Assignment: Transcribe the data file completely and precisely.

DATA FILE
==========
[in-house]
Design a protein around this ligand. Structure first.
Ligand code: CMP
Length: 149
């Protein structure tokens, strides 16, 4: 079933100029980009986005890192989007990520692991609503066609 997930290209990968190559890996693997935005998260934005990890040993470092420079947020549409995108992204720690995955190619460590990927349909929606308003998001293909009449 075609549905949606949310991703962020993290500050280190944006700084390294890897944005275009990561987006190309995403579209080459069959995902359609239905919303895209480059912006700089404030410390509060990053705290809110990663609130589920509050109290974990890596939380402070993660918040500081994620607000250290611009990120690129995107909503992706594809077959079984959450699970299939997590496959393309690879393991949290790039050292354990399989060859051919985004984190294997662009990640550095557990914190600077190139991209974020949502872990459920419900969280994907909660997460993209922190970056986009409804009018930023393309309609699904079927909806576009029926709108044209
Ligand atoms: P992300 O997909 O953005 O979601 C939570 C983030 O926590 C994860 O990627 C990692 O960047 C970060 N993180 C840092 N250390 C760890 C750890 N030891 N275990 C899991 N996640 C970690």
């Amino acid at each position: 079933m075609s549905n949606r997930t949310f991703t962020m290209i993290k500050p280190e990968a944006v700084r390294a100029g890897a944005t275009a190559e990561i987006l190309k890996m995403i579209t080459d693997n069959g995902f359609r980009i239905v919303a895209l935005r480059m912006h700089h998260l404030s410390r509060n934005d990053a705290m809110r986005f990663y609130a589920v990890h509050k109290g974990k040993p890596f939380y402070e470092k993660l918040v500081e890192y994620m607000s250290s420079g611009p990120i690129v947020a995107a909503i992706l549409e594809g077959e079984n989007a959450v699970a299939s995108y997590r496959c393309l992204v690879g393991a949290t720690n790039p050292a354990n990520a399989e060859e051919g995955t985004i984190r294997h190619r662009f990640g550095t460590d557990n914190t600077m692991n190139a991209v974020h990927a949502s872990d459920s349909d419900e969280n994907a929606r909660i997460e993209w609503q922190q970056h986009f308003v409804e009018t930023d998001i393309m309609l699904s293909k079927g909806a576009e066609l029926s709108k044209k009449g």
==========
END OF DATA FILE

[in-house]
Design a protein around this ligand. Structure first.
Ligand code: CMP
Length: 149
């Protein structure tokens, strides 16, 4: 079933100029980009986005890192989007990520692991609503066609 997930290209990968190559890996693997935005998260934005990890040993470092420079947020549409995108992204720690995955190619460590990927349909929606308003998001293909009449 075609549905949606949310991703962020993290500050280190944006700084390294890897944005275009990561987006190309995403579209080459069959995902359609239905919303895209480059912006700089404030410390509060990053705290809110990663609130589920509050109290974990890596939380402070993660918040500081994620607000250290611009990120690129995107909503992706594809077959079984959450699970299939997590496959393309690879393991949290790039050292354990399989060859051919985004984190294997662009990640550095557990914190600077190139991209974020949502872990459920419900969280994907909660997460993209922190970056986009409804009018930023393309309609699904079927909806576009029926709108044209
Ligand atoms: P992300 O997909 O953005 O979601 C939570 C983030 O926590 C994860 O990627 C990692 O960047 C970060 N993180 C840092 N250390 C760890 C750890 N030891 N275990 C899991 N996640 C970690």
């Amino acid at each position: 079933m075609s549905n949606r997930t949310f991703t962020m290209i993290k500050p280190e990968a944006v700084r390294a100029g890897a944005t275009a190559e990561i987006l190309k890996m995403i579209t080459d693997n069959g995902f359609r980009i239905v919303a895209l935005r480059m912006h700089h998260l404030s410390r509060n934005d990053a705290m809110r986005f990663y609130a589920v990890h509050k109290g974990k040993p890596f939380y402070e470092k993660l918040v500081e890192y994620m607000s250290s420079g611009p990120i690129v947020a995107a909503i992706l549409e594809g077959e079984n989007a959450v699970a299939s995108y997590r496959c393309l992204v690879g393991a949290t720690n790039p050292a354990n990520a399989e060859e051919g995955t985004i984190r294997h190619r662009f990640g550095t460590d557990n914190t600077m692991n190139a991209v974020h990927a949502s872990d459920s349909d419900e969280n994907a929606r909660i997460e993209w609503q922190q970056h986009f308003v409804e009018t930023d998001i393309m309609l699904s293909k079927g909806a576009e066609l029926s709108k044209k009449g």